Dinnertime has come and gone, the dishes have been washed, and the leftovers have been put away.
This means it’s…Family Rosary Time!
Why the lack of enthusiasm?
You used to look forward to your Rosary time. It gave you a sense of peace and serenity. You used to feel like you were growing spiritually, and more importantly, like your family was growing together spiritually.
But suddenly, your Rosary time feels a little more like a chore than when you first began. You’ve been at it for quite some time and, as with any new habit which requires motivation to continue, you’ve experienced peaks and valleys.
At the moment, perhaps you’re in a valley — a dip in your “enthusiasm meter.”
Should I give up?
Perhaps I shouldn’t have made such a difficult commitment.
How did you get to this point?
More importantly, how can you grow beyond it?
First of all, take a deep breath and relax. These peaks and valleys are a completely normal part of the spiritual life. They’re especially common when you’re trying to develop new habits, whether those habits involve eating better, working out, reading the Bible, keeping up with honey-do’s, paying off debt… our enthusiasm naturally ebbs and flows.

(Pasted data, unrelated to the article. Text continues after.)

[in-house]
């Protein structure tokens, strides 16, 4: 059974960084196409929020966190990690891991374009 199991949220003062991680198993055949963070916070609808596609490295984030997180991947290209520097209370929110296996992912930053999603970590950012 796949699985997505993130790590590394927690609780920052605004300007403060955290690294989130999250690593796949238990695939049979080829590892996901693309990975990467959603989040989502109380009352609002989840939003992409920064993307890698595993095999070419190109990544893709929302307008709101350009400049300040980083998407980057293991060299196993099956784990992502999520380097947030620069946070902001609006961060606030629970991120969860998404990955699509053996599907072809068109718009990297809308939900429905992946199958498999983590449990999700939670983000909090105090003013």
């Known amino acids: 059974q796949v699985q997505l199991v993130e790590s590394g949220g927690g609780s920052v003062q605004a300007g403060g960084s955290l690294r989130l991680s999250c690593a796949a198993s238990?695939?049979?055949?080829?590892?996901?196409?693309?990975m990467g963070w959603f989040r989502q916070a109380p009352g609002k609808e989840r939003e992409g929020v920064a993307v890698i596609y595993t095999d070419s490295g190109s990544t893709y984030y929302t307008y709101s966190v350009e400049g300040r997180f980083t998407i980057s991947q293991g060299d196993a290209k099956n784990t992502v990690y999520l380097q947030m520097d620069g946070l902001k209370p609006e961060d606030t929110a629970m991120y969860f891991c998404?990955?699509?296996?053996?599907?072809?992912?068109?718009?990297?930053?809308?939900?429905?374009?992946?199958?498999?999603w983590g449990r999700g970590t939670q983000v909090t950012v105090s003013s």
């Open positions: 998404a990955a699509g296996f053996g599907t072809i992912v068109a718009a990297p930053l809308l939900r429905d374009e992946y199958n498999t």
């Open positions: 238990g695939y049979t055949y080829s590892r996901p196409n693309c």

Fortunately, there are some ways to retrain your brain to associate positive feelings with the good habits you’re trying to develop.
Here are some suggestions:
Set a clear goal
If you don’t know what you’re working toward, then it’s much more difficult to stay motivated.
It’s hard to hit a moving target.
Perhaps your goal is to say the Rosary as a family on Wednesdays, Fridays, Sundays and major feast days, and individually on all other days of the week. Or maybe you have a young family and your goal is to pray just one decade together each night, then finish the Rosary with just your spouse (and if the kids decide to stick around, it’s a bonus!).
Whatever the case, team up with your spouse to set your goal. Write it down and display it in a prominent place, like your dining area or your little oratory.
Don’t feel like you have to start by committing to a full daily Rosary for the rest of your life.
If you’re more inclined toward setting smaller goals by breaking up your larger goal into bite-sized pieces, then this is the perfect opportunity to do so.
Take it one week at a time. Write it in your calendar: “I pray a daily Rosary this week.” Once the seven days have passed, recommit yourself: “I pray a daily Rosary this week.”
Work upward from there.
Remember, it takes 90 days to form a new habit
This is where your bigger goal can come into play.
Brain studies have shown that it takes 90 days (or three months, if you prefer to hear smaller numbers) to rewire our brains and form new habits. That 90-day benchmark is the foundation of many great new spiritual programs popping up, like Exodus 90.
If you take it one week at a time for 90 days, then you’ll have formed a new habit — and your Rosary will become as much a part of your routine as brushing your teeth.
Focus on today
If 90 days feels daunting — and believe me, if it doesn’t now it will soon — then just focus on today.
I will take a deep breath and enjoy our Family Rosary Time today.